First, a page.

Add the garlic and pepper flakes and continue to cook until fragrant—a minute or two. Add the kale, toss with the onion-garlic mixture and cook until the kale has given up any remaining excess water and has begun to sizzle in the olive oil (add a bit more if the pan seems dry). Set aside to cool.

Place the eggs in a small bowl and whisk briefly to break up. Whisk in the cream until smooth. Season to taste with salt and pepper; set aside.

Build the quiche: Scatter the Gruyère over the bottom of the crust. Arrange half of the squash on top of the cheese.

Scatter the kale-onion mixture evenly over the cheese and top with the remaining squash. Crumble the goat cheese over all. Place the tart shell on a cookie sheet and pour the custard over the filling—be careful, all of the custard may not be necessary. Scatter the cheese over the top and transfer the baking pan to a preheated 375° oven.

Bake the quiche until the filling is set and the surface is a light golden color—about 25 to 30 minutes. If, when the custard is set (the tip of a knife slipped into the center should come out clean), the surface is not as golden as you would like, briefly run the quiche under the broiler until the cheese is light golden brown. Serves 8 as a first course or 6 as a light entrée.

Printable Recipe

(Savory Tart Dough)

1 2/3 c. all-purpose flour (190g)
1/2 t. salt
10 T. cold unsalted butter, cut into pieces (142g)
3 to 5 T. ice water

Combine the flour and the salt in a medium-sized bowl. Rub the butter into the flour until the butter is in small pea-sized pieces. Drizzle 3 T. ice water over the flour/butter mixture. Using your hands, fluff the mixture until it begins to clump, adding more water if necessary. If, when you squeeze some of the mixture it holds together, the dough is finished. Turn the dough out onto a counter and form into a mound. Using the heel of your hand, gradually push all of the dough away from you in short forward strokes, flattening out the lumps. Continue until all of the dough is flat. Using a bench scraper, scrape the dough off the counter, forming it into a single clump as you do. Wrap the dough in plastic wrap, pressing into a thick disk. Chill for at least 30 minutes.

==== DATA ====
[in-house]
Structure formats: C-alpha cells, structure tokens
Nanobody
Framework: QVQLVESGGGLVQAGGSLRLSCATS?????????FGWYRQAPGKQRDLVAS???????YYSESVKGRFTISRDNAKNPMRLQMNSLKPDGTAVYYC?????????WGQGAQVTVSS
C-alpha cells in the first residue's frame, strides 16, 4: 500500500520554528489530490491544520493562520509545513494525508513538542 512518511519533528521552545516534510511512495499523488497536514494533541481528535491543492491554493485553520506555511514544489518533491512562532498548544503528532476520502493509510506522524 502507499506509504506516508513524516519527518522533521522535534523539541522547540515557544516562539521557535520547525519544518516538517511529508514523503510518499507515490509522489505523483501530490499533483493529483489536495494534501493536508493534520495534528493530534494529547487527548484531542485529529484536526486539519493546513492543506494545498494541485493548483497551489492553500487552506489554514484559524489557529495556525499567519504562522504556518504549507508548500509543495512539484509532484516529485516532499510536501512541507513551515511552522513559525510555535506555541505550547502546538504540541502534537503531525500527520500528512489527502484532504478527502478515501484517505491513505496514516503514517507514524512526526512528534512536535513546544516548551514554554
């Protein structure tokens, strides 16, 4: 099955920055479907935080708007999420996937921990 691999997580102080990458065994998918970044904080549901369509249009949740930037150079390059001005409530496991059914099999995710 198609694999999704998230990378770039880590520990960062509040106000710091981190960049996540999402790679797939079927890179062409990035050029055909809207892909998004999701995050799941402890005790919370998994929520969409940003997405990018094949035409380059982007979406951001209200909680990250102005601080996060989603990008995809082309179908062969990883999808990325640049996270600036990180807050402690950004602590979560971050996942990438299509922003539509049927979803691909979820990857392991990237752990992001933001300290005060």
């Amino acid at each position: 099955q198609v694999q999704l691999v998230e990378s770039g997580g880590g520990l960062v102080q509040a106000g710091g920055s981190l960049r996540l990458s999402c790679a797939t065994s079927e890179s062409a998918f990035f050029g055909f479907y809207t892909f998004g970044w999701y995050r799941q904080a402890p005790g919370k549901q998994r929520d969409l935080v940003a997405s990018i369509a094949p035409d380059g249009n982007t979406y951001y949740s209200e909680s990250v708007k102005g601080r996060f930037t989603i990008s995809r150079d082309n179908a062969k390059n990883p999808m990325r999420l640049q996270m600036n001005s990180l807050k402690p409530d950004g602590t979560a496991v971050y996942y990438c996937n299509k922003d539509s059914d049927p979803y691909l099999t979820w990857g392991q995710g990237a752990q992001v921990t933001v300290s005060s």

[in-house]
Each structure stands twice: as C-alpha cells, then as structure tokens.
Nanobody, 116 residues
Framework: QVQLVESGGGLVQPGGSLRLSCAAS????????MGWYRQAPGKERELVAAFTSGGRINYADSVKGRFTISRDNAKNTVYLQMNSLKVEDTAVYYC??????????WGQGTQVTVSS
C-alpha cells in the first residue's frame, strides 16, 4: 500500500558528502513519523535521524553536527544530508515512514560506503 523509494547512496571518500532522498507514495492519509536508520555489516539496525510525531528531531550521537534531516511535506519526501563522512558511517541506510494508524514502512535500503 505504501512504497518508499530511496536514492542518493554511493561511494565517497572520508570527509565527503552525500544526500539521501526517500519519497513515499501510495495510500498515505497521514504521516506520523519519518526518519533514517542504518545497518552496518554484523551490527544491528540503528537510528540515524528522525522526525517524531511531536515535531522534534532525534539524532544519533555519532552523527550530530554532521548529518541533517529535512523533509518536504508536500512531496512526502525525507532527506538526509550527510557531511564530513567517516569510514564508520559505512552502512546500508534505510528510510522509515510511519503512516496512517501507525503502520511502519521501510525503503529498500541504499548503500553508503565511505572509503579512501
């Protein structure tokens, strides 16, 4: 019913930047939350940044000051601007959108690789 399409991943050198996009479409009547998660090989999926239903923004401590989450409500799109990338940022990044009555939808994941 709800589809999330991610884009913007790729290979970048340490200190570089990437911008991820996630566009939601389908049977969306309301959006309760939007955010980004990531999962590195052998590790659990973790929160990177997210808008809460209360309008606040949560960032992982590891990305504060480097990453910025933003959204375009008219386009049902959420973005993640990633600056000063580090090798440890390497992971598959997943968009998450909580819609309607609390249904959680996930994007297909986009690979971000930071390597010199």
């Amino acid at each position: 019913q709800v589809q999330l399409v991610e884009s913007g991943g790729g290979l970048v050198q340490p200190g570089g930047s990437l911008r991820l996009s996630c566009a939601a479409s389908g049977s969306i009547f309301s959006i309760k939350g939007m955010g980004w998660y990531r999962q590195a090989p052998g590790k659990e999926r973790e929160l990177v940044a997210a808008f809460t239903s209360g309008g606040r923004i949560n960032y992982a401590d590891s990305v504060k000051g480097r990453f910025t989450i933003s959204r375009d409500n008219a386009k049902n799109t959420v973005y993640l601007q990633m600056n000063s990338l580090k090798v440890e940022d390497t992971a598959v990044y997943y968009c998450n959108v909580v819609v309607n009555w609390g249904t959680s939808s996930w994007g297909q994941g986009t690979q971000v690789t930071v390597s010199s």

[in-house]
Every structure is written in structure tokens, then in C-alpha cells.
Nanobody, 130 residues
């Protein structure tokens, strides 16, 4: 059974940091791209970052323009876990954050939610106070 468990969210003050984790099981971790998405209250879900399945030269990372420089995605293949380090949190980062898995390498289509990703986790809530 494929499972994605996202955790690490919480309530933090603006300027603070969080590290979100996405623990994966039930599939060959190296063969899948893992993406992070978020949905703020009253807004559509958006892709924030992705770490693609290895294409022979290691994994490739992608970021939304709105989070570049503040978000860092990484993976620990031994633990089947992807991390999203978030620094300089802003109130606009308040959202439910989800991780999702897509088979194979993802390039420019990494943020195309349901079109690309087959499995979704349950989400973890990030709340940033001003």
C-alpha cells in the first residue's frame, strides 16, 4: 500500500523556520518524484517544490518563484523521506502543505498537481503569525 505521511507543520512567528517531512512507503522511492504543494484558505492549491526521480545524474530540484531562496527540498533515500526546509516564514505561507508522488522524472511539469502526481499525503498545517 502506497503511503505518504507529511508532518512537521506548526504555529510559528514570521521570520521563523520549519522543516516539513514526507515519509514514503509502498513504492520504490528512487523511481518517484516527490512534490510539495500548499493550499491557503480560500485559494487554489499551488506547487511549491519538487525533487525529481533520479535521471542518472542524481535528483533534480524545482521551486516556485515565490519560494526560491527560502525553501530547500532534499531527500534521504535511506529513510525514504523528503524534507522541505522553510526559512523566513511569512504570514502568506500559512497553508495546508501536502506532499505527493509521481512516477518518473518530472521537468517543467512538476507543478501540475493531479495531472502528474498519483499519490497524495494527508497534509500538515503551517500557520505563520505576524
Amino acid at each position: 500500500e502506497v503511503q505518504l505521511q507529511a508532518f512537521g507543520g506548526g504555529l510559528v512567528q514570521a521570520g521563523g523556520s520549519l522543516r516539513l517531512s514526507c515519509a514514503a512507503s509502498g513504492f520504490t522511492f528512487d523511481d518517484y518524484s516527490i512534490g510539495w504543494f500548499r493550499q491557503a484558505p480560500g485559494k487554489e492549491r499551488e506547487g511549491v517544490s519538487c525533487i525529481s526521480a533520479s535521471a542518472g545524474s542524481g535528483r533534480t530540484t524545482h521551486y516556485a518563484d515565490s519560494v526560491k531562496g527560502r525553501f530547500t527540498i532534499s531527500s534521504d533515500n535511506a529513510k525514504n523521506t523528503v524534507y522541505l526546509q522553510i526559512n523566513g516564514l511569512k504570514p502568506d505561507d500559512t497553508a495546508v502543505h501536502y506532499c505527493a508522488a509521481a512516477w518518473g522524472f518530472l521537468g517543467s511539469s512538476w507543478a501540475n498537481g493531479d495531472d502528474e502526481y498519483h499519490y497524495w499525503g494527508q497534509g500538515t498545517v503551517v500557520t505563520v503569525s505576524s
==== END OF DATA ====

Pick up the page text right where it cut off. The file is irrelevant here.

To roll out, let the dough warm up for a moment or two. Butter a 10- to 10 1/2-inch removable-bottom tart pan and set it aside. Flour the work surface and the rolling pin. Begin rolling from the center of the dough outward. After each stroke, rotate the dough a quarter turn—always making sure that there is sufficient flour to keep the dough from sticking. Keep rolling and turning until you have a round of dough that is at least 13 inches in diameter and has a thickness of no more than 1/8–inch. Brush off the excess flour and fold the dough circle in half. Slide the outspread fingers of both hands under the dough and gently lift it and transfer it to the prepared tart pan. Unfold the dough and ease it into the pan being careful not to stretch it. Cut the dough off flush with the edge of the pan by pressing gently against the edge. Chill the shell for at least 1/2 hour.

To blind bake: Line the pastry with aluminum foil (dull side out) or parchment paper, pressing it into the corners and edges. Add a layer of pie weights or dried beans. Bake in a 425° oven for 12 to 18 minutes. When the pastry begins to color on the edges, remove the foil and weights and continue baking until the pastry dries out and turns a light golden color for a partially baked shell, and a deeper amber for a fully baked shell. Let cool before filling.

Printable Recipe


Daphne said...

This is a WONDERFUL recipe. Savory and sweet, perfectly balanced. I will be making this again soon.

Paige said...

Thank you! One of the things I like about it is the contrast of the savory and sweet.